SLR - April 2017 - Alissa Kuizinas

Clinical and Functional Outcomes of Acute Lower-Extremity Compartment Syndrome at a Major Trauma Hospital

Reference: Lollo L, Grabinsky A. Clinical and Functional Outcomes of Acute Lower-Extremity Compartment Syndrome at a Major Trauma Hospital. Int J Crit Illn Inj Sci. 2016 Jul-Sep; 6(3):133–142.

Scientific Literature Review

Reviewed By: Alissa Kuizinas, DPM
Residency Program: Hoboken University Medical Center, Hoboken NJ

Podiatric Relevance: Compartment syndrome is a condition that commonly affects the lower extremity and is therefore of particular relevance to the foot and ankle surgeon. While compartment syndrome may be frequently encountered in large trauma centers, it is still possible with a wide variety of etiologies, including lower-extremity fracture, peripheral vascular disease, necrotizing fasciitis and rhabdomyolysis and therefore must be readily detected and treated by all foot and ankle surgeons. This study addresses the functional and clinical outcomes for patients treated for lower-extremity compartment syndrome and provides insight into the disease progression and prognosis.

Methods: This is a retrospective chart analysis of all patients diagnosed with compartment syndrome requiring decompression fasciotomy admitted to a single hospital during a five-year period. A total of 108 patients who underwent fasciotomy were included. The data analyzed included injury severity score, fracture types, pain scores, hours to fasciotomy, intracompartmental pressure measurements and serum creatine kinase levels. Outcome measures were based on lower-extremity neurologic examination, pain scores, orthopaedic complications and employment status at 30 days and 12 months after surgery.  

Nontraumatic compartment syndrome was diagnosed in 15.3 percent of patients, with causes including necrotizing fasciitis, peripheral vascular disease, rhabdomyolysis, iatrogenic and rupture of a Baker cyst. Isolated tibia fractures comprised 41.3 percent of the patients, and multiple lower-extremity fractures comprised 18.4 percent. Intracompartmental measurements were recorded in 15.3 percent of patients, with ranges of 39 to 100 mmHg for the lateral compartment, 31 to 140 mmHg in the anterior compartment, 33 to 100 mmHg in the posterior compartment and 16 to 140 mmHg in the deep posterior compartment. Clinical follow-up data showed numbness of the superficial peroneal nerve distribution in 20.5 percent and dropfoot in 18.2 percent of patients. Osteomyelitis developed in 10.2 percent, and heterotopic ossification requiring operative resection occurred in 4.5 percent. At long-term follow-up, 10.2 percent of patients reported moderate lower-extremity pain, and 69.2 percent had returned to work.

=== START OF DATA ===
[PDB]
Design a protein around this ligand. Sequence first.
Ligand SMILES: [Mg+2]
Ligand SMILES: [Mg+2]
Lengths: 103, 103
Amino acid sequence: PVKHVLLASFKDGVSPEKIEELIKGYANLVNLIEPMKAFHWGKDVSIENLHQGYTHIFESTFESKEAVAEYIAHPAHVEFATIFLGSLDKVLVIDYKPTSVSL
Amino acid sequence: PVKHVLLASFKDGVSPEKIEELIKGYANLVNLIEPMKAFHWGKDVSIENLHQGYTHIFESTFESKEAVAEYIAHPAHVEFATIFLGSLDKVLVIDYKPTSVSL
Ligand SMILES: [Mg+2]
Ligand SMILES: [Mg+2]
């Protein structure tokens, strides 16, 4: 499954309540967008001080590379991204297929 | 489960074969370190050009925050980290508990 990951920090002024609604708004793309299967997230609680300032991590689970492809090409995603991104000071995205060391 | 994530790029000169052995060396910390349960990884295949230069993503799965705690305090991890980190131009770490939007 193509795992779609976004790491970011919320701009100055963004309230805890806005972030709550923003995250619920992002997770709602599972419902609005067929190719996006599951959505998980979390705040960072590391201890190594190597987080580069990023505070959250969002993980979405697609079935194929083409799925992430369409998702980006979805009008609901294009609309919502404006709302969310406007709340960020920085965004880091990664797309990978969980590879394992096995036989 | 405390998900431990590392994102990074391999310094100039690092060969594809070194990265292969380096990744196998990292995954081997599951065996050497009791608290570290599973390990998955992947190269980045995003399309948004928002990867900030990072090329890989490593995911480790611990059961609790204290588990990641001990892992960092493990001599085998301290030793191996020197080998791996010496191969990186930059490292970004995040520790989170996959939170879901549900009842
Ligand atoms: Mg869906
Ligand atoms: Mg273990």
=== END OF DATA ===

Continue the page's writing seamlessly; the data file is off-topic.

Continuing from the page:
Conclusion: This study identified the main causes of diagnosed compartment syndrome and their outcomes based on the severity of injury, time to fasciotomy and associated risk factors. They found that the escalation of pain and patient-reported changes in sensation were more reliable for diagnosis than intracompartmental pressures as they had wide variability in the ranges of pressures measured. The authors suggest that a difference between the diastolic blood pressure and the intracompartmental pressure of less than 30 mmHg is a superior diagnostic tool than absolute pressure. The authors also determined that time to recognition of compartment syndrome and fasciotomy is an important predictor of functional outcome. They found that nerve damage most frequently affects the superficial peroneal nerve causing numbness of the dorsal foot, while injury to the deep peroneal nerve leads to foot drop. The results showed that there was increased severity of nerve damage and greater likelihood for foot drop with delays in fasciotomy. This study highlights the importance of prompt recognition and treatment of compartment syndrome and proves that patient outcomes are improved with early fasciotomy. It also reveals the need for more standardized diagnostic tools and algorithms to detect and treat compartment syndrome as its progression can lead to loss of function, contractures and chronic pain.       

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